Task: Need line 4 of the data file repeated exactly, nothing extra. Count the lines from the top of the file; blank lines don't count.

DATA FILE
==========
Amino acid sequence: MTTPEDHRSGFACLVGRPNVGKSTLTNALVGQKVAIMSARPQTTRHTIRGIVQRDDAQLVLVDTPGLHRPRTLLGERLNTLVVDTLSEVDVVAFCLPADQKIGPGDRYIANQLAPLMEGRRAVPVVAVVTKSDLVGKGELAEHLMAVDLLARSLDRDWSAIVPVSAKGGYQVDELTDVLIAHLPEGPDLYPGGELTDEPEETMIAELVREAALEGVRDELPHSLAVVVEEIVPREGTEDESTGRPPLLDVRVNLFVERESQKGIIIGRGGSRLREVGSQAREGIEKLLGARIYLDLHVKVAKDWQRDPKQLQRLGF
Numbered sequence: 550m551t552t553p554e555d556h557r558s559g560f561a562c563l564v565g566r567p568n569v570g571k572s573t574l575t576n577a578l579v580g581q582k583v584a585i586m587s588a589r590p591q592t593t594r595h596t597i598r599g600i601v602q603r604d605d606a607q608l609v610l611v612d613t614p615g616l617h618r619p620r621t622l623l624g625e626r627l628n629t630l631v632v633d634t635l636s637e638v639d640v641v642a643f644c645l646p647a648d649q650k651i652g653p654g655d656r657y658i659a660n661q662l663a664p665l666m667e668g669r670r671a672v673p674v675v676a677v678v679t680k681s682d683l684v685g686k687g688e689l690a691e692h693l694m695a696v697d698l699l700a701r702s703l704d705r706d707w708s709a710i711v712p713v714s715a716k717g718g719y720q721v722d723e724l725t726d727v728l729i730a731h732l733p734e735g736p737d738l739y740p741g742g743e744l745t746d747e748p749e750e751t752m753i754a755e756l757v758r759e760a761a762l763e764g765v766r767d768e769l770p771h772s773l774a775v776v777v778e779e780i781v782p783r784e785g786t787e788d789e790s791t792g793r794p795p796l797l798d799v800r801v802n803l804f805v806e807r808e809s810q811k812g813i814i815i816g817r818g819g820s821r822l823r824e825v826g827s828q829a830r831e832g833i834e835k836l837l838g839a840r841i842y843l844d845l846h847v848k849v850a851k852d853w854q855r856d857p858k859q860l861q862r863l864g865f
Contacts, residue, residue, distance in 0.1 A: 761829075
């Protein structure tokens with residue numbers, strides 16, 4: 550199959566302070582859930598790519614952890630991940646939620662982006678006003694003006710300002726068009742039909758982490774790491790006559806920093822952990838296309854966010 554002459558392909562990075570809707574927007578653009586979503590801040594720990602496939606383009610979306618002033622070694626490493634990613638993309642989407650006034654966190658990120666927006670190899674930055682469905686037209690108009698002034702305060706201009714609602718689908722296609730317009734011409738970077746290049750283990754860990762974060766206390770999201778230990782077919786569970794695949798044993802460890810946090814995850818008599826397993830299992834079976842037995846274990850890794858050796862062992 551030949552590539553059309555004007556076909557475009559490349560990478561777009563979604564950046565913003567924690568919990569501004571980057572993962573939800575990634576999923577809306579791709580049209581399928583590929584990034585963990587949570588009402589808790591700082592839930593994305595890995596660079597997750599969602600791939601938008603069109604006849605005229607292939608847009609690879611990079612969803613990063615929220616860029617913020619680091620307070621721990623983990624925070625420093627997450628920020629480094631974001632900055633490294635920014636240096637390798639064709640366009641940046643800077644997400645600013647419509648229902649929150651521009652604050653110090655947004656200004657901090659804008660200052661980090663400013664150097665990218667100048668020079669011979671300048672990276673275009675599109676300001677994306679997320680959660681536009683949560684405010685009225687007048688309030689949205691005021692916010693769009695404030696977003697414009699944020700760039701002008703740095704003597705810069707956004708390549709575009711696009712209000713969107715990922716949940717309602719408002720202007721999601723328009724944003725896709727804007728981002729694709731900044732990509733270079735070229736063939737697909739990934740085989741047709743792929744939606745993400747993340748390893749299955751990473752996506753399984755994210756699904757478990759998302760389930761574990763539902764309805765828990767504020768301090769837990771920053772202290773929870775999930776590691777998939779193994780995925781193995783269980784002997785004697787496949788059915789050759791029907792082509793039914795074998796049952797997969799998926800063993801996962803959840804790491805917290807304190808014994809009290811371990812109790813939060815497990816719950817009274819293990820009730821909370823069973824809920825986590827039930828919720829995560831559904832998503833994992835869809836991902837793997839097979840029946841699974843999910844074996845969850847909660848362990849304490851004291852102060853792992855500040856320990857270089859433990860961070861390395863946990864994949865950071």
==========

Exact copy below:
């Protein structure tokens with residue numbers, strides 16, 4: 550199959566302070582859930598790519614952890630991940646939620662982006678006003694003006710300002726068009742039909758982490774790491790006559806920093822952990838296309854966010 554002459558392909562990075570809707574927007578653009586979503590801040594720990602496939606383009610979306618002033622070694626490493634990613638993309642989407650006034654966190658990120666927006670190899674930055682469905686037209690108009698002034702305060706201009714609602718689908722296609730317009734011409738970077746290049750283990754860990762974060766206390770999201778230990782077919786569970794695949798044993802460890810946090814995850818008599826397993830299992834079976842037995846274990850890794858050796862062992 551030949552590539553059309555004007556076909557475009559490349560990478561777009563979604564950046565913003567924690568919990569501004571980057572993962573939800575990634576999923577809306579791709580049209581399928583590929584990034585963990587949570588009402589808790591700082592839930593994305595890995596660079597997750599969602600791939601938008603069109604006849605005229607292939608847009609690879611990079612969803613990063615929220616860029617913020619680091620307070621721990623983990624925070625420093627997450628920020629480094631974001632900055633490294635920014636240096637390798639064709640366009641940046643800077644997400645600013647419509648229902649929150651521009652604050653110090655947004656200004657901090659804008660200052661980090663400013664150097665990218667100048668020079669011979671300048672990276673275009675599109676300001677994306679997320680959660681536009683949560684405010685009225687007048688309030689949205691005021692916010693769009695404030696977003697414009699944020700760039701002008703740095704003597705810069707956004708390549709575009711696009712209000713969107715990922716949940717309602719408002720202007721999601723328009724944003725896709727804007728981002729694709731900044732990509733270079735070229736063939737697909739990934740085989741047709743792929744939606745993400747993340748390893749299955751990473752996506753399984755994210756699904757478990759998302760389930761574990763539902764309805765828990767504020768301090769837990771920053772202290773929870775999930776590691777998939779193994780995925781193995783269980784002997785004697787496949788059915789050759791029907792082509793039914795074998796049952797997969799998926800063993801996962803959840804790491805917290807304190808014994809009290811371990812109790813939060815497990816719950817009274819293990820009730821909370823069973824809920825986590827039930828919720829995560831559904832998503833994992835869809836991902837793997839097979840029946841699974843999910844074996845969850847909660848362990849304490851004291852102060853792992855500040856320990857270089859433990860961070861390395863946990864994949865950071």